5.30am Its raining harder. Which means its darker than it’s supposed to be at this time of the morning. I cant see much without my glasses. I’m going to end up falling into a ditch. Tripping over a killer canine and breaking my leg. It’s too late to back out now though. I already announced on Facebook that I was doing a half-marathon. So shame if I report to Facebook that I didnt do it BECAUSE I AM SCARED OF THE DARK?! We line up at the start. Theres a dozen people doing the half marathon. And a couple doing the 14km. I’m excited. I could get zapped by lightning, fall in a ditch, have my throat ripped out by wild Samoa dogs, and I’m still excited. Because I’m really here, really attempting the BIG wild impossible thing.

The Ironman asks me if I want him to come run with me when hes finished his race? Keep me company, moral and physical support and encouragement? I say no. Because I dont want any company. I’m doing this by myself. I dont want any help.

5km – I’m cruising to my prepared race playlist. Feeling strong, feeling good. Checking my Garmin watch frequently to make sure I’m not going too fast. The Ironman has cautioned me repeatedly about the danger of getting too excited, overdoing it then burning out too soon. I’m listening to him. (This time.) Its a beautiful rainy morning in Apia, the harbor is beautiful in the sunrise, the flame trees lining the seawall are in full bloom and they’re beautiful. The bougainvillea dotting the roundabout are beautiful. EVERYTHING IS BEAUTIFUL! EVEN IM BEAUTIFUL IN SPITE OF MY RAGGEDY OLD GEAR! Because I’m a real runner doing a half marathon and I am awesome!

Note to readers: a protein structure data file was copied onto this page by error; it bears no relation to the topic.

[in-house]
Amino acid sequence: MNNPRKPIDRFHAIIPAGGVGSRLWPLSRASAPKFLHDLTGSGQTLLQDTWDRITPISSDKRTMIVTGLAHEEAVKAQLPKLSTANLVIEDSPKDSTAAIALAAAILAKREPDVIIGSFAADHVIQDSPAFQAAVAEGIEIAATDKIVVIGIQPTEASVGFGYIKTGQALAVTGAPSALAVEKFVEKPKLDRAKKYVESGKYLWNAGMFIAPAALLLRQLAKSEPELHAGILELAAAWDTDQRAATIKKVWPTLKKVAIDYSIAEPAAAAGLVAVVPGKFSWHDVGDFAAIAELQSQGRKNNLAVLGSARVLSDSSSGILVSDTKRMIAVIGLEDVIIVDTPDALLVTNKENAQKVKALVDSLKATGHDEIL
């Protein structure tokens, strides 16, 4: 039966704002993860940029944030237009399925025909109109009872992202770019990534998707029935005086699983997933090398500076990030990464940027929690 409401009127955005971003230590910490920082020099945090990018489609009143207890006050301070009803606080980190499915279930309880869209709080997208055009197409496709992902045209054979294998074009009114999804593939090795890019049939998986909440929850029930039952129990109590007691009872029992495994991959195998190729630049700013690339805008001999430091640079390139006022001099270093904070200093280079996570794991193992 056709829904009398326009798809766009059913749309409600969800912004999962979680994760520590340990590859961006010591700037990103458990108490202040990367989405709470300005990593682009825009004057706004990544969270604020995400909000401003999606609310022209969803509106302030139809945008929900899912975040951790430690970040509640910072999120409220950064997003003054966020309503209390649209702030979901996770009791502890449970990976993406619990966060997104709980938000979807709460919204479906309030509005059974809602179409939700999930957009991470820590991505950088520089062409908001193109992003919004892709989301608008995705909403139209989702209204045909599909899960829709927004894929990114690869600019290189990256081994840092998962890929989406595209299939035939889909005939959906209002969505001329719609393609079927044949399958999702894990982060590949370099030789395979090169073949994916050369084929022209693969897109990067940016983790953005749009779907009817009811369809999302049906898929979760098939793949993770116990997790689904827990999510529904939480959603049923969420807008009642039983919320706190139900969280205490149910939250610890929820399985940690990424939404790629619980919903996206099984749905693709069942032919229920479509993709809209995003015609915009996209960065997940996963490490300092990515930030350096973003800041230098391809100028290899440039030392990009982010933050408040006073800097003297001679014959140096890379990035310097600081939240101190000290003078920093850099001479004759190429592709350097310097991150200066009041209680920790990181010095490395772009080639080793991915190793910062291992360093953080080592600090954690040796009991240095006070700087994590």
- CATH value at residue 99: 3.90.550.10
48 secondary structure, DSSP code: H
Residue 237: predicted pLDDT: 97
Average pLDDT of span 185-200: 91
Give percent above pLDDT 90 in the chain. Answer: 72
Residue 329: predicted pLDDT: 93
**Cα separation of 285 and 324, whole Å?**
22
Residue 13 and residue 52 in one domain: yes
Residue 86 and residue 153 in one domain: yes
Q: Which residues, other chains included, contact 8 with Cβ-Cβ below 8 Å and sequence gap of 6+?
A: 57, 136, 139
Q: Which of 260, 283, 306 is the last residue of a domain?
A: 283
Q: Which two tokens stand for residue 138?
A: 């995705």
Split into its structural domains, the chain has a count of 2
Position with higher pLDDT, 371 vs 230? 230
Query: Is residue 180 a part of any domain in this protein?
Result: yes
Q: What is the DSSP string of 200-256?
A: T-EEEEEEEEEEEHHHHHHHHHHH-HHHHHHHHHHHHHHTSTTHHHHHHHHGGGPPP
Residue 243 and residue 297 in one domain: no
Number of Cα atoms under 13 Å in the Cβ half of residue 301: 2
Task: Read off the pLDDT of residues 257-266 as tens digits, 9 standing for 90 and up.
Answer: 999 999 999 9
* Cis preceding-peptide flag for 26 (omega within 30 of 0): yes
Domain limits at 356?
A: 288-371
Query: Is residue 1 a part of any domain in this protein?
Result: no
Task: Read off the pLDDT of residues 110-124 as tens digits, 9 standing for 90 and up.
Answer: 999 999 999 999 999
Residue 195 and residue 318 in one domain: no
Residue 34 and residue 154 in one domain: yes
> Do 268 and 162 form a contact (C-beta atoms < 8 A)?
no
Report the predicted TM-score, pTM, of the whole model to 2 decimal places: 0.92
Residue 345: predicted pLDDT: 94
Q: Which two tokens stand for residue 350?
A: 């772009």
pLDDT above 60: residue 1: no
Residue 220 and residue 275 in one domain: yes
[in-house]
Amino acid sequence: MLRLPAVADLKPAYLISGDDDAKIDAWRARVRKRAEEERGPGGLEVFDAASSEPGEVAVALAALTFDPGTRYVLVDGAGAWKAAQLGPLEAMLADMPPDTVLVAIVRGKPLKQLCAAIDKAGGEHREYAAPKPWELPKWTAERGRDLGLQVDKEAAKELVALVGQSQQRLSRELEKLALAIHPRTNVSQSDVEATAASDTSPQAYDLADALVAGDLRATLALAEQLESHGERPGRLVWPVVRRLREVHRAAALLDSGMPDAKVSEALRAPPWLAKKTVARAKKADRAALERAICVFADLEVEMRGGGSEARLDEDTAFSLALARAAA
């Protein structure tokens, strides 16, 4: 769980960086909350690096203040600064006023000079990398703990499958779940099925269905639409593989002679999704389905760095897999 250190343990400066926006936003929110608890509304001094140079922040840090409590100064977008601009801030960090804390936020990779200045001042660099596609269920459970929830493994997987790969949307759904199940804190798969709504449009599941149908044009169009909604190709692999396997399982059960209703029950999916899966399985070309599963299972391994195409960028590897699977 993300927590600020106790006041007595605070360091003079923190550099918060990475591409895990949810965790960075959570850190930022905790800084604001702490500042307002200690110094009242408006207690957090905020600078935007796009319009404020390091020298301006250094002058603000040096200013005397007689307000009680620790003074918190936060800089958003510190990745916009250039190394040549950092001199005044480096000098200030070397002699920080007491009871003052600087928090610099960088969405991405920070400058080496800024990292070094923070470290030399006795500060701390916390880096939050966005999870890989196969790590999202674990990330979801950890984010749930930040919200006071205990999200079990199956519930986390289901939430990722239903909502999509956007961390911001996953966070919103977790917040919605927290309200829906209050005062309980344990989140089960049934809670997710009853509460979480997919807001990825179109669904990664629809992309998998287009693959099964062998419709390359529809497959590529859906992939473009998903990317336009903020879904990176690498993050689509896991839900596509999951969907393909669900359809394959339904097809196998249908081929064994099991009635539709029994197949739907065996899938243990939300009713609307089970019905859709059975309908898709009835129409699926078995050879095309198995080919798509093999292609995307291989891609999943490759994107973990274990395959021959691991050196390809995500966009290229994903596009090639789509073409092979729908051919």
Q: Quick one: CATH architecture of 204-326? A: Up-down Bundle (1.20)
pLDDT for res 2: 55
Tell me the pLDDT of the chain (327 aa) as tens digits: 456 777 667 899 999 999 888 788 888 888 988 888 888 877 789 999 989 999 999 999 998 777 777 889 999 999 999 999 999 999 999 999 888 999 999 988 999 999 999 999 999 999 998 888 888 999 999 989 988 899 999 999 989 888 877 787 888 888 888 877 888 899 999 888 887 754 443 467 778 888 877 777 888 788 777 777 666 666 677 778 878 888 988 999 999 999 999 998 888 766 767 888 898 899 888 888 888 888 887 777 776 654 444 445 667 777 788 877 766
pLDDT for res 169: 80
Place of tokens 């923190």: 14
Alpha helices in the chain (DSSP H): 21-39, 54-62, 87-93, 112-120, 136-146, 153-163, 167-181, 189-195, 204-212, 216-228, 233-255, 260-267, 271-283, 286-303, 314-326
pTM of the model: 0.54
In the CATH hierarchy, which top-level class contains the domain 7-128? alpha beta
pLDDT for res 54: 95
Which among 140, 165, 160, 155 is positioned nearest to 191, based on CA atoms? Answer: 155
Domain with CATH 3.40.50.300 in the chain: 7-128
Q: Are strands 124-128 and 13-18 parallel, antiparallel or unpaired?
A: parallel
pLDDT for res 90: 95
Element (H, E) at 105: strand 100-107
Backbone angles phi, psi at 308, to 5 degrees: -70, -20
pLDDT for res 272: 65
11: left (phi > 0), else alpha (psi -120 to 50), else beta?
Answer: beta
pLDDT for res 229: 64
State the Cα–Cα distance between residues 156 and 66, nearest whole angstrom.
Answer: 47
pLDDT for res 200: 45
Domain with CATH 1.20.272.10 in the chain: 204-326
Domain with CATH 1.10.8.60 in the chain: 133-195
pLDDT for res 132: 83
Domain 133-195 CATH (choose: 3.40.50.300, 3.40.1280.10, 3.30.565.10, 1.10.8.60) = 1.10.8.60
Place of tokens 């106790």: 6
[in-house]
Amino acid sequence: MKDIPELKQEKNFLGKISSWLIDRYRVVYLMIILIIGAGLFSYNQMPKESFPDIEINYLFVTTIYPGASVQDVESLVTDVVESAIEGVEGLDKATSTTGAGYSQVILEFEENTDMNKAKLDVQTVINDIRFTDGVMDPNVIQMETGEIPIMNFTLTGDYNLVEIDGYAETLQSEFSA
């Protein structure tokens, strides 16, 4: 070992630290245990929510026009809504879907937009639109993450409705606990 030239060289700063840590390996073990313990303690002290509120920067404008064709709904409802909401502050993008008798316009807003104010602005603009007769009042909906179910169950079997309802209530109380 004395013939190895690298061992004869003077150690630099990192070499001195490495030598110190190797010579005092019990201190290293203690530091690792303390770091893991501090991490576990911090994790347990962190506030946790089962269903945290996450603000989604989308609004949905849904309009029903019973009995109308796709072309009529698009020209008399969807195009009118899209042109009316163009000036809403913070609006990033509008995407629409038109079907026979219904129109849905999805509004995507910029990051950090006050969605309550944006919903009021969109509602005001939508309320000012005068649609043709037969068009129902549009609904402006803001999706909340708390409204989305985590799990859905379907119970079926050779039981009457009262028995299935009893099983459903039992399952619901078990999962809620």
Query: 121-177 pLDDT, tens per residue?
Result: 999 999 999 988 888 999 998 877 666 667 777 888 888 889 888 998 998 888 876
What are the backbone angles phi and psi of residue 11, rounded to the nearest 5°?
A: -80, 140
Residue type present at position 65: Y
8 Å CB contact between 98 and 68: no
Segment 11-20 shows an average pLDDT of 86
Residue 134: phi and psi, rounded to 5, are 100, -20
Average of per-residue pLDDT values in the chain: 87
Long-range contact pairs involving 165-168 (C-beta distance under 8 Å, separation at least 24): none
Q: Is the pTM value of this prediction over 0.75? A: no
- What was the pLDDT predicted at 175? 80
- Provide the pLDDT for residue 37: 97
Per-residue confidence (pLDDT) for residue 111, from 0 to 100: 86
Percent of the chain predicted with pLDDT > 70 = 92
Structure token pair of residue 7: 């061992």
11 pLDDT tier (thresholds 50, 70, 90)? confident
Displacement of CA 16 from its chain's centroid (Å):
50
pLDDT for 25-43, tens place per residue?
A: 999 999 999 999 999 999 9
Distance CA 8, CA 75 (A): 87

The Ironman flies past me in a blaze of glory. I’m only halfway thru my first lap and hes already doing his second. He’s way ahead of everyone else. He is awesome. I wave and fist bump him but I dont think he sees me since hes going so fast.

10km – I’m singing along to Rihanna ‘Cheers to the freakin weekend!’, doing a little dance step every so often. My pace is on target and I’m feeling good. Faster runners are already heading back for their next loop while I’ve just started my second, but I dont care. We are all runners running the half marathon together and it’s a wonderful feeling. We fist bump and hi five and call out encouragement to each other on the road. I love everybody and everything. Wow, this running thing is great! Almost half way and I’m on top of the world!

13km – Its still raining. I keep wringing out my shirt so it doesnt weigh me down so much. My left foot hurts. The same injury is saying HELLO REMEMBER ME? I say, SHUT UP and steadfastly ignore it.

The Ironman blazes past. Running his final lap and headed for the finish line. He is amazing. I wish I was heading for the finish line.